chapter  4
29 Pages

‘Subordinate’ negotiations

Indigenous staff, the colonial state and public health
WithAmna Khalid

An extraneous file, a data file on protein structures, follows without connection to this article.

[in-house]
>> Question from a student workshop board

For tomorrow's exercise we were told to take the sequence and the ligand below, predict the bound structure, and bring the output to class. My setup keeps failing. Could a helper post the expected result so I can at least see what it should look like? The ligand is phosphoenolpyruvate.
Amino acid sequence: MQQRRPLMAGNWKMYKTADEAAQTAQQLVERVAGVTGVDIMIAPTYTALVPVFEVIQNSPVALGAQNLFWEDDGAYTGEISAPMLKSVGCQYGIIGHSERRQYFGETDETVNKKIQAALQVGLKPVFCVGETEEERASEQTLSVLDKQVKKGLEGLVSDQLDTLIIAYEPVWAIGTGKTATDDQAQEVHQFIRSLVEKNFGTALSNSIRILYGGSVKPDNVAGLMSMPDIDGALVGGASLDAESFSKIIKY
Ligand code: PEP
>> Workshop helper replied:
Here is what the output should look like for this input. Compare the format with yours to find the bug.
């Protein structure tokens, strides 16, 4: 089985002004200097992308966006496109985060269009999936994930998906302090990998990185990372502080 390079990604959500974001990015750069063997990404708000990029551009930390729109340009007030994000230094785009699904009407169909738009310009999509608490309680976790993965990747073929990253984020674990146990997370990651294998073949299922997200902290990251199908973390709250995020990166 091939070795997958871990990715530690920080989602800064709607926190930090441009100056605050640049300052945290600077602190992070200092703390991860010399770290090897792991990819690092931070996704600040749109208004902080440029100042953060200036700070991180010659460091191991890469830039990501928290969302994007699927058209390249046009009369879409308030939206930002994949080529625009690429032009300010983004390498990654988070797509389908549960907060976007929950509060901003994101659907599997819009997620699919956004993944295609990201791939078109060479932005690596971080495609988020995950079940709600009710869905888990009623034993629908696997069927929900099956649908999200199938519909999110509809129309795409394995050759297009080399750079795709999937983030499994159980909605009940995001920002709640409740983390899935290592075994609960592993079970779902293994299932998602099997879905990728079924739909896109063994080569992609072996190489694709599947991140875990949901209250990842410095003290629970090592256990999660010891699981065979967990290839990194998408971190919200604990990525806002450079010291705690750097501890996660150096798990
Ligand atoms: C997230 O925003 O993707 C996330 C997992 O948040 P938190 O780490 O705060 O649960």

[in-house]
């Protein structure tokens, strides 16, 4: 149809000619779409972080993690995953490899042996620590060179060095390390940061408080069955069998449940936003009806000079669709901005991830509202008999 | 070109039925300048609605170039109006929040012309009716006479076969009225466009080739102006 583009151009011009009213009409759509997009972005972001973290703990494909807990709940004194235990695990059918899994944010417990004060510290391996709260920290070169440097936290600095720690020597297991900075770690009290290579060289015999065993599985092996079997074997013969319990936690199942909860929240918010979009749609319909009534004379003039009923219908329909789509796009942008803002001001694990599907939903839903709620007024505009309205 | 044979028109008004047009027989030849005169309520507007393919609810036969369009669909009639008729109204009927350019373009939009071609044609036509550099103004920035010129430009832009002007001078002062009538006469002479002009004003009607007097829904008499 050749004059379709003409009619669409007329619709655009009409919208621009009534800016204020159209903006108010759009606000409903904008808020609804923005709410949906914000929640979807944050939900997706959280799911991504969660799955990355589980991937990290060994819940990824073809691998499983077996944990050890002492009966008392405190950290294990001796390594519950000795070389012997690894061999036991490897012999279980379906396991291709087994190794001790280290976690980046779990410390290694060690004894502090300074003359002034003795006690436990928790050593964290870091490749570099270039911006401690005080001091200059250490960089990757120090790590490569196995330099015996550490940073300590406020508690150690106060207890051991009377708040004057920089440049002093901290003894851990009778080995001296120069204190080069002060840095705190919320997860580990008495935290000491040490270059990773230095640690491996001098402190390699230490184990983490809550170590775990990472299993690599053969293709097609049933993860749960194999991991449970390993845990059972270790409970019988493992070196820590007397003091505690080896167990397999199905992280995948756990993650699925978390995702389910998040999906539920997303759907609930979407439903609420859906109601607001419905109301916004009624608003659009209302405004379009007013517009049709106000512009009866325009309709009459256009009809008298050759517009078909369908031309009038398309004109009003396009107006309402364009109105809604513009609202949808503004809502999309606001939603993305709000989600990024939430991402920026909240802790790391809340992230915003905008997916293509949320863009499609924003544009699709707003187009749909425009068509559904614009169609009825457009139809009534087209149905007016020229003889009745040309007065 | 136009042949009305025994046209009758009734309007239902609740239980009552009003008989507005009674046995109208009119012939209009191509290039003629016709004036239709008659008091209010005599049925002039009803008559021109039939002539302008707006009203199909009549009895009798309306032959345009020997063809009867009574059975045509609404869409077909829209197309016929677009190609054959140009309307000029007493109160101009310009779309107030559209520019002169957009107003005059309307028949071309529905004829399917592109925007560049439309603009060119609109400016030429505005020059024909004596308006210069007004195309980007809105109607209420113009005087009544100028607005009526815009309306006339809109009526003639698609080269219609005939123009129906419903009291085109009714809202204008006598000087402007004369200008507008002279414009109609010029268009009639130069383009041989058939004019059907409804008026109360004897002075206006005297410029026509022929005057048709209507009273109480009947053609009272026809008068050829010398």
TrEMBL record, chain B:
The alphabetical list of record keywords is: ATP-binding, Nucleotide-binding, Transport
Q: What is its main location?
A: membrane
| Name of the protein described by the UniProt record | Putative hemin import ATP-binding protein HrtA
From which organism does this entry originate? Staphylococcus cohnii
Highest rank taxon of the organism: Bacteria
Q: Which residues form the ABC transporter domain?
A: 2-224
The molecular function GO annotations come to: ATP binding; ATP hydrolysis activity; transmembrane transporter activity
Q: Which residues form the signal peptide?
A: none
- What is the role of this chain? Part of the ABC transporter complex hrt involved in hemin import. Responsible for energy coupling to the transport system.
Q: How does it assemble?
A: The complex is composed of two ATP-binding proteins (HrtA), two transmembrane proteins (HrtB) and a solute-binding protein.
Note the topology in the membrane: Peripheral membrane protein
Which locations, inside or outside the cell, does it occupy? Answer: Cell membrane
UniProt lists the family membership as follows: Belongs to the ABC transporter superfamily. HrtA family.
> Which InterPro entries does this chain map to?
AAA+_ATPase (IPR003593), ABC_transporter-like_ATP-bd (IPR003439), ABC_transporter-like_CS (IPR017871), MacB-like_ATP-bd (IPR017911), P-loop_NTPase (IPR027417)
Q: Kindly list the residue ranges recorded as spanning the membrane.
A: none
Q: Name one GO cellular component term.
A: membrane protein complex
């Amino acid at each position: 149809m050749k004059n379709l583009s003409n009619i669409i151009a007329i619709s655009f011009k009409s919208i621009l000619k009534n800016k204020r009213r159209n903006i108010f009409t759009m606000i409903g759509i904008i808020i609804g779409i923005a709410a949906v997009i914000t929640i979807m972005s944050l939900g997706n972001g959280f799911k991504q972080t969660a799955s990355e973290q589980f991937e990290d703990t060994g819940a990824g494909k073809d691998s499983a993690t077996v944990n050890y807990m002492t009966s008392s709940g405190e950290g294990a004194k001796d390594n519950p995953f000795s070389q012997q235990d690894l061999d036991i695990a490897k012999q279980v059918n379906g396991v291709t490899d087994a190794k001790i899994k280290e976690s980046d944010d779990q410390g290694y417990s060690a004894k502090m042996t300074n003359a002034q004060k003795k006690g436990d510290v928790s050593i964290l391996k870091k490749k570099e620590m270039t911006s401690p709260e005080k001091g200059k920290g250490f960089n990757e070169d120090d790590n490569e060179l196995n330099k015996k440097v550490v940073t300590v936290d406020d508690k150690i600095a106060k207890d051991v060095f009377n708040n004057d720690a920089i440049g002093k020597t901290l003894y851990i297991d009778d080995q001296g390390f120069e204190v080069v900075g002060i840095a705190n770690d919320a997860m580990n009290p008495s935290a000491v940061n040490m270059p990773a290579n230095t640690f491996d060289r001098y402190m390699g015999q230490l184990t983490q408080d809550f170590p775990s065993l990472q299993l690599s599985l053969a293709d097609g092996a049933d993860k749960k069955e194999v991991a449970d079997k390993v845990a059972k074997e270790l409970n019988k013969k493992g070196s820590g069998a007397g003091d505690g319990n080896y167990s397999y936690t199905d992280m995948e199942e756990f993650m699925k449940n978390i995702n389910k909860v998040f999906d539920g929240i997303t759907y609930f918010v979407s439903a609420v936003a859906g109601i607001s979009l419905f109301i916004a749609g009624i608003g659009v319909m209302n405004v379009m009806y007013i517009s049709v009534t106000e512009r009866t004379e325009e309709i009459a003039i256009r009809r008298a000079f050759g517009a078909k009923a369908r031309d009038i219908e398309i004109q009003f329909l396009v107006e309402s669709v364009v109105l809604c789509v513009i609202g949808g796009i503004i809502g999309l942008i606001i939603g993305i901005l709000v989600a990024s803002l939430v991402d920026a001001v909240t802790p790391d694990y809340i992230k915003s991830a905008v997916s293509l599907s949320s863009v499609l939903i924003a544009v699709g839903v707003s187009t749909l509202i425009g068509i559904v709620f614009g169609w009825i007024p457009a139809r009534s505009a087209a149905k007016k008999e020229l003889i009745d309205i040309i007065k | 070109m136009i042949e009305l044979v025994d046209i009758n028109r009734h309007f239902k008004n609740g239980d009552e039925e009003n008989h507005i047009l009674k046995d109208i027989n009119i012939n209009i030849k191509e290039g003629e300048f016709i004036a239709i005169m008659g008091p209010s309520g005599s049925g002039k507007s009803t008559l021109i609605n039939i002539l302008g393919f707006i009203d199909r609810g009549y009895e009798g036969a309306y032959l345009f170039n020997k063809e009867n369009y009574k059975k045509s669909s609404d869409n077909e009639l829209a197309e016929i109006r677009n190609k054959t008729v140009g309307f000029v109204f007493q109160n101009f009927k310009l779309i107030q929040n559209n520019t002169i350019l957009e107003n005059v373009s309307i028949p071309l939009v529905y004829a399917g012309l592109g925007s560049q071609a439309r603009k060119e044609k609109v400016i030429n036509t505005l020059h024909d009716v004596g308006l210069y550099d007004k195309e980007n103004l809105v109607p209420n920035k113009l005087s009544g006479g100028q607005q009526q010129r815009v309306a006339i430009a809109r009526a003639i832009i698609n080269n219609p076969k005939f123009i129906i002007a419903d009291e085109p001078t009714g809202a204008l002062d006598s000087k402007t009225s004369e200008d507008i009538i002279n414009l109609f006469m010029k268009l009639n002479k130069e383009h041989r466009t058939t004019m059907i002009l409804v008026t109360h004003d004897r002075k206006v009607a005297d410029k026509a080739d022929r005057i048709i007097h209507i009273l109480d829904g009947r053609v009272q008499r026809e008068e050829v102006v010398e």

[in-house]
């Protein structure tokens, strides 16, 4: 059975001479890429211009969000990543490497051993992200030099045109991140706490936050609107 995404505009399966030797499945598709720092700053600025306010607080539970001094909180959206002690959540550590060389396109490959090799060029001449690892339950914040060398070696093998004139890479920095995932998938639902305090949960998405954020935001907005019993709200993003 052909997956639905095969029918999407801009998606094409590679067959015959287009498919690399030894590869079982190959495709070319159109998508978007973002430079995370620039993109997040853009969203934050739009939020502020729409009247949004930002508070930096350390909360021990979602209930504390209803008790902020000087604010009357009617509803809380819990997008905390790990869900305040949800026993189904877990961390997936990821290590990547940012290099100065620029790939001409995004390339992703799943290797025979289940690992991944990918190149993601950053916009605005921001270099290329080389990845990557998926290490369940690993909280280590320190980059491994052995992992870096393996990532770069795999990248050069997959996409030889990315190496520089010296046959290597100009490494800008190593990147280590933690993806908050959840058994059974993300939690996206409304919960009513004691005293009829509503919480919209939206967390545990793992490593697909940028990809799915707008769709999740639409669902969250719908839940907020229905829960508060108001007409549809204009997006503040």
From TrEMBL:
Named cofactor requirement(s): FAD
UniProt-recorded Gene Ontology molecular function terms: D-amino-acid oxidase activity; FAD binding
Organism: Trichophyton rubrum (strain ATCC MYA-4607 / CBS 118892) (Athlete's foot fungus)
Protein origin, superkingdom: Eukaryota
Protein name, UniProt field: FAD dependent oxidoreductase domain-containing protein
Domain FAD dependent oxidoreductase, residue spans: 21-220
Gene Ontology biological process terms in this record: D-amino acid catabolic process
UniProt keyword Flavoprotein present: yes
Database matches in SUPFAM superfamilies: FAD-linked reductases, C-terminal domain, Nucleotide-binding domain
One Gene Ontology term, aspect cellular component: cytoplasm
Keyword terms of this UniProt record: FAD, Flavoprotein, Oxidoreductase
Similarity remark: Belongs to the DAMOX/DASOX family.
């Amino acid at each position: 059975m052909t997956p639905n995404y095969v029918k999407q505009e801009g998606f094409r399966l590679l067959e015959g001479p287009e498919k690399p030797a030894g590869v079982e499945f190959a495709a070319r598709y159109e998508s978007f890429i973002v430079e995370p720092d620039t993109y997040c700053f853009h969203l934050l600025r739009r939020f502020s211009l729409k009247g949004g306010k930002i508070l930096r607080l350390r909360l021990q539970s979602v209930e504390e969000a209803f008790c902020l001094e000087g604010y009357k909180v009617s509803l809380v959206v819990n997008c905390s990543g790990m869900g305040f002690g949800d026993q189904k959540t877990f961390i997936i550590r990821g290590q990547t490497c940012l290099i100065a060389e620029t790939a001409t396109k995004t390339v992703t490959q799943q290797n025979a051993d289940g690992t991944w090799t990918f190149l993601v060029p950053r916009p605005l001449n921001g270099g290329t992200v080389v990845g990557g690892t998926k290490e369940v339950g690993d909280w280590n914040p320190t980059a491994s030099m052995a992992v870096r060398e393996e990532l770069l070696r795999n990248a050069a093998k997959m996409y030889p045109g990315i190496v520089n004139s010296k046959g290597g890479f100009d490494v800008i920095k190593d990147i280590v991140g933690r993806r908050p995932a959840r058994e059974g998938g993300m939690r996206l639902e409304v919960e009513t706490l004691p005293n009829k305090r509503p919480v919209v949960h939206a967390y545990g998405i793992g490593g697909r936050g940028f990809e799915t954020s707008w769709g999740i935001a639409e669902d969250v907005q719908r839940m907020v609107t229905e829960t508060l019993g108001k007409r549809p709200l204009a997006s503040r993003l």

The term ‘subordinate sanitary staff’ is a very broad and needs to be explained at the outset. Countless subordinates were deployed to implement sanitary measures, from the local health officer to ‘native’ vaccinators and sweepers, from female inspectors to coolies and disinfectors. The subordinate police provided a means by which the colonial administration could keep a finger on the pulse of political developments on the ground. The subordinate police played an active part in the control of venereal disease all over India following the Contagious Diseases Acts by hunting down unregistered prostitutes and forcing them to undergo medical inspection. The authorization of an inquiry was sufficient to establish distance from the subordinate police and to appear to be fair; a further admission of the failings of state policy was perhaps unnecessary. The subordinate police were officially appointed for conservancy duty – that is, herding people to latrines and preventing them from fouling the fair site.